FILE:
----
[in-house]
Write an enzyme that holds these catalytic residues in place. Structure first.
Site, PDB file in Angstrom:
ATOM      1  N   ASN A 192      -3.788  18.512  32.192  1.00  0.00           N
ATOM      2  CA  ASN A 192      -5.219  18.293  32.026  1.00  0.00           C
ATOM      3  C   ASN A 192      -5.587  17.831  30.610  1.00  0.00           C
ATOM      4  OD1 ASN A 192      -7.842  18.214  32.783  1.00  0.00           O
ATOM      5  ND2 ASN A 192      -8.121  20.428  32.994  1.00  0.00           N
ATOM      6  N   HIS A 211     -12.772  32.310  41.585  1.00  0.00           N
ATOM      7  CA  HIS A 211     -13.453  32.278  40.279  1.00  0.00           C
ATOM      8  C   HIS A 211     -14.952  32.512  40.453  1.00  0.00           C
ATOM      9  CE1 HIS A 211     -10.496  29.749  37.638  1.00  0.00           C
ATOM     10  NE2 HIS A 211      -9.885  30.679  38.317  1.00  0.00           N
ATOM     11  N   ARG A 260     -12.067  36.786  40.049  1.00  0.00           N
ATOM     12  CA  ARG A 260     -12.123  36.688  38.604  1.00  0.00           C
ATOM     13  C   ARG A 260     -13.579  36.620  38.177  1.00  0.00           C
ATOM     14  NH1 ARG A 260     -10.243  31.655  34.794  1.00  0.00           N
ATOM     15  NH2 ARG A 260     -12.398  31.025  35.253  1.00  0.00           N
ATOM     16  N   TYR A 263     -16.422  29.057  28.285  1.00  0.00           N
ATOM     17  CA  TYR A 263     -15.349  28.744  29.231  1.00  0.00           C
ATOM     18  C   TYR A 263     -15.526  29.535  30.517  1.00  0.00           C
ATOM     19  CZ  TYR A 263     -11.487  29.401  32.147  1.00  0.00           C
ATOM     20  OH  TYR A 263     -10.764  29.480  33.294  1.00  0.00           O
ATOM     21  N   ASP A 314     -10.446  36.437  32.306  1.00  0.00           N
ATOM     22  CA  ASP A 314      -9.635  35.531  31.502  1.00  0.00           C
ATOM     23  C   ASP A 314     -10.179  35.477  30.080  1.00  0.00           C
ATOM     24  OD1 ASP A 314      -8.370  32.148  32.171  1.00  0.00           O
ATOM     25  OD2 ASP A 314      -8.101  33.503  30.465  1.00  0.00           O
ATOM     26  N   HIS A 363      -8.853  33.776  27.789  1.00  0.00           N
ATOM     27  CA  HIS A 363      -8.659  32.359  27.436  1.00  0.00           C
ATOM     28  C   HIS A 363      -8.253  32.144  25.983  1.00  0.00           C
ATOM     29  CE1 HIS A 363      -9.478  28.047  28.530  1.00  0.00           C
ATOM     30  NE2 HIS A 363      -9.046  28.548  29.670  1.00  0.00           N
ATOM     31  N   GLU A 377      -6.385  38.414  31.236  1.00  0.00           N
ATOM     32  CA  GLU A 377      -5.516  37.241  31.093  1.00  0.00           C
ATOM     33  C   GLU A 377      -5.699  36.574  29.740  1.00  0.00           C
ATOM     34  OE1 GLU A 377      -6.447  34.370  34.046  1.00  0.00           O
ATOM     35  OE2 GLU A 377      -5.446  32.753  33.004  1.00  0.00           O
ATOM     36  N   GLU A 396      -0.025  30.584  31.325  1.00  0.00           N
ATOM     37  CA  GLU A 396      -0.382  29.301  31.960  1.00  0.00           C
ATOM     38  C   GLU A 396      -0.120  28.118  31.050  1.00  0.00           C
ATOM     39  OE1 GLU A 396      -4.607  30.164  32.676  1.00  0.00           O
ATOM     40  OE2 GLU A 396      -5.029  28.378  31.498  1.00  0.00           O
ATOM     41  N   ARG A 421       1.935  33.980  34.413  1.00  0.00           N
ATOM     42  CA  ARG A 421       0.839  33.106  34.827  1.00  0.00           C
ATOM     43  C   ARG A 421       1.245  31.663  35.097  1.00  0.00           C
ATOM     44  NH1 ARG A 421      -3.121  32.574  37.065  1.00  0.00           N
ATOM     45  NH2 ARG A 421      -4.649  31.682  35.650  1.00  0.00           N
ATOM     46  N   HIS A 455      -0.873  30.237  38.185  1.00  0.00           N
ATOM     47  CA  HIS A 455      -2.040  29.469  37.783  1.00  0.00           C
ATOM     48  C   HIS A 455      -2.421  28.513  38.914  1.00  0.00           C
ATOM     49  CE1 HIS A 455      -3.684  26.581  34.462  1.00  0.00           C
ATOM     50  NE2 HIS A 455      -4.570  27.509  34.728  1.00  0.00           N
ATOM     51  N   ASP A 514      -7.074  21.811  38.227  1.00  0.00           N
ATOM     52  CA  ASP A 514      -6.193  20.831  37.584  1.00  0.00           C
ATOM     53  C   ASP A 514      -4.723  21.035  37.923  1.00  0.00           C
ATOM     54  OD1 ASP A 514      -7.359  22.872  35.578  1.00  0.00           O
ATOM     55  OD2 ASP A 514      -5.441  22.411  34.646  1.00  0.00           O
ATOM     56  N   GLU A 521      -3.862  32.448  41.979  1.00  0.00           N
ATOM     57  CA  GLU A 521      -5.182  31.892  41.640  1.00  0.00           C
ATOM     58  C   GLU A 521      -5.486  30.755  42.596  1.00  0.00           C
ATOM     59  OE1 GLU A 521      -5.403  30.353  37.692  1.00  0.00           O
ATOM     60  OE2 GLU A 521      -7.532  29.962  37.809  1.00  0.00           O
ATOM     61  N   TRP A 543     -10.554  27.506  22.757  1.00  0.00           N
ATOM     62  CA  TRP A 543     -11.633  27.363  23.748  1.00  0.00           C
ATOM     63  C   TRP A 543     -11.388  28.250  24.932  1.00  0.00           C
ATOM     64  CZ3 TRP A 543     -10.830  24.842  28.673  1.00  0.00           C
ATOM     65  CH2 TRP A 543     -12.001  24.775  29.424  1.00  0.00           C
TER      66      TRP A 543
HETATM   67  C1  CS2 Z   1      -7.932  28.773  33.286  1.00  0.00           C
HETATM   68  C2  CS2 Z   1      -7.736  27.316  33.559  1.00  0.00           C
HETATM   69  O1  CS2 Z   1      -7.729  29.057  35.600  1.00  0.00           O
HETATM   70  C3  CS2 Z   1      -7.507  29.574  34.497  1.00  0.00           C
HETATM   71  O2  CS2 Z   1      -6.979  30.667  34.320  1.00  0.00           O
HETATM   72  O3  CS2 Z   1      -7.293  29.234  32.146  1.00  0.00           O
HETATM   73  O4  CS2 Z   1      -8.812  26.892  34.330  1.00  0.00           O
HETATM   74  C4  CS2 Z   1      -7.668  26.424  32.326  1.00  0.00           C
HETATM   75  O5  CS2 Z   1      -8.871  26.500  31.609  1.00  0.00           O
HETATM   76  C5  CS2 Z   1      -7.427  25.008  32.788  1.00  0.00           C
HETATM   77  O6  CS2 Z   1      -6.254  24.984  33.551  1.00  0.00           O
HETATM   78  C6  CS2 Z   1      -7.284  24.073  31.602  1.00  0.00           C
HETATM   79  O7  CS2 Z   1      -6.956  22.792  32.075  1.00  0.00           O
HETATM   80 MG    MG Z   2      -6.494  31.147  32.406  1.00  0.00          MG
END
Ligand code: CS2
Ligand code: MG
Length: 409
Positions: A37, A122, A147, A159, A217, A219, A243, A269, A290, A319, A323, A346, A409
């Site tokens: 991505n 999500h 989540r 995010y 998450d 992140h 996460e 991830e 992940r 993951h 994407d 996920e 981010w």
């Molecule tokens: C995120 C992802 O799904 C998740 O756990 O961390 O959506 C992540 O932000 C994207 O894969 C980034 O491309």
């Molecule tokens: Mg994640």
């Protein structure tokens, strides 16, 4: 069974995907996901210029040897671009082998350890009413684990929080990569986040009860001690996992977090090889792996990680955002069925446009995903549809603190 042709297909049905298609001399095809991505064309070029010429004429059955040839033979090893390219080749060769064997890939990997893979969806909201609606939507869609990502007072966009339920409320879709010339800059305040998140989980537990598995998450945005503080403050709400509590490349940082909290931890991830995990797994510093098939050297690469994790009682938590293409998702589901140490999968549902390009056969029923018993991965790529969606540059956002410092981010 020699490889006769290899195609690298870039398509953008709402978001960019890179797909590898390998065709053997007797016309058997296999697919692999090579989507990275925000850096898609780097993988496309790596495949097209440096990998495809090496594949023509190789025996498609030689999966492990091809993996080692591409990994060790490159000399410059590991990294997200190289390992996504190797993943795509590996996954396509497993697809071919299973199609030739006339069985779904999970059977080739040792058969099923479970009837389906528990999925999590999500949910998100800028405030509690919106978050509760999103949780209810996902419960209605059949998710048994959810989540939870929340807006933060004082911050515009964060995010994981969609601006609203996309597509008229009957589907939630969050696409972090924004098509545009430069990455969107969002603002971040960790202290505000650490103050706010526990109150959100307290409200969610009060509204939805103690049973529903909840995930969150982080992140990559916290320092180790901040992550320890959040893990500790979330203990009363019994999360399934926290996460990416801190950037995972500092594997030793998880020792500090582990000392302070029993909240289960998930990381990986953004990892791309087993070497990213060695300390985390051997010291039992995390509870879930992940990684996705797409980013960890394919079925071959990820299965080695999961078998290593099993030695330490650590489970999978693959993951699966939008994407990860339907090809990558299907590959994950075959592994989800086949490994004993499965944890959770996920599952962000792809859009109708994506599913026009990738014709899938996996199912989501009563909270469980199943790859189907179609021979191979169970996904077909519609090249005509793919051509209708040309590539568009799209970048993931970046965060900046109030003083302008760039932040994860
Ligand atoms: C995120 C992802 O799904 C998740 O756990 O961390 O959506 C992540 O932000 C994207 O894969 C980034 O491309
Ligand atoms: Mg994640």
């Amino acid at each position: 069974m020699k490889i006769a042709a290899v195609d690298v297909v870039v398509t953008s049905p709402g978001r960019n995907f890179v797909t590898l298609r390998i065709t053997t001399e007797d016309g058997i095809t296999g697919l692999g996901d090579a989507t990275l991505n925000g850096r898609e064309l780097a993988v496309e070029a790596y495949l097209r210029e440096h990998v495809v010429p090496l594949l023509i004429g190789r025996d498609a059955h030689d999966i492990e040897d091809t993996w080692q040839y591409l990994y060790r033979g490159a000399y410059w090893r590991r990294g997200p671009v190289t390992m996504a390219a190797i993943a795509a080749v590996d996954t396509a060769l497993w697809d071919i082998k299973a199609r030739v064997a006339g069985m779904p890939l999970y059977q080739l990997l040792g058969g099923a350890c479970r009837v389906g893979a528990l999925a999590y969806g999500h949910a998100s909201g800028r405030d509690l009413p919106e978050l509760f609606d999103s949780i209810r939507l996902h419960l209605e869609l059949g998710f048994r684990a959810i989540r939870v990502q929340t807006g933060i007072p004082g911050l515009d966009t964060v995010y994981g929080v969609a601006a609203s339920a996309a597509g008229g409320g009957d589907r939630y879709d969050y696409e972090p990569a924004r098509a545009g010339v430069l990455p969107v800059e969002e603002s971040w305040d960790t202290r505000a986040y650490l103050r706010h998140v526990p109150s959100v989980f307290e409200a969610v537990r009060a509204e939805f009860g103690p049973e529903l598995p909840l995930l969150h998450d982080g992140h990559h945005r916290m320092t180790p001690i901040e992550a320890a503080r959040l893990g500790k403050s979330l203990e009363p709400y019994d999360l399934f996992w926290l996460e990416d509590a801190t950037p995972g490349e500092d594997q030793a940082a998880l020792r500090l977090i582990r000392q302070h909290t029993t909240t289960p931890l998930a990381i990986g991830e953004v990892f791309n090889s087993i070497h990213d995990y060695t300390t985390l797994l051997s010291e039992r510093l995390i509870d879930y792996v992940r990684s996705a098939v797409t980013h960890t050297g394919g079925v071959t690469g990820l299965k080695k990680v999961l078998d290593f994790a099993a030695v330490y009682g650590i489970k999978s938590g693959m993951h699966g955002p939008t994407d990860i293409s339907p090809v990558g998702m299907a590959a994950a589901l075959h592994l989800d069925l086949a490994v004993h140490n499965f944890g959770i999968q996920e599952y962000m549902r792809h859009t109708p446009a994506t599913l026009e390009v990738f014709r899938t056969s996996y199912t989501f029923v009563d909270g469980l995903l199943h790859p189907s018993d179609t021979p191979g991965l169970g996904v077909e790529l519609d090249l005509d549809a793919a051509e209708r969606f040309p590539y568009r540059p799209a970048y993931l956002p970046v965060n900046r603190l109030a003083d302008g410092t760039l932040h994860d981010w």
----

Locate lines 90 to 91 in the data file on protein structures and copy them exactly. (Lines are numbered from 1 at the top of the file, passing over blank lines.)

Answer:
């Molecule tokens: C995120 C992802 O799904 C998740 O756990 O961390 O959506 C992540 O932000 C994207 O894969 C980034 O491309």
């Molecule tokens: Mg994640």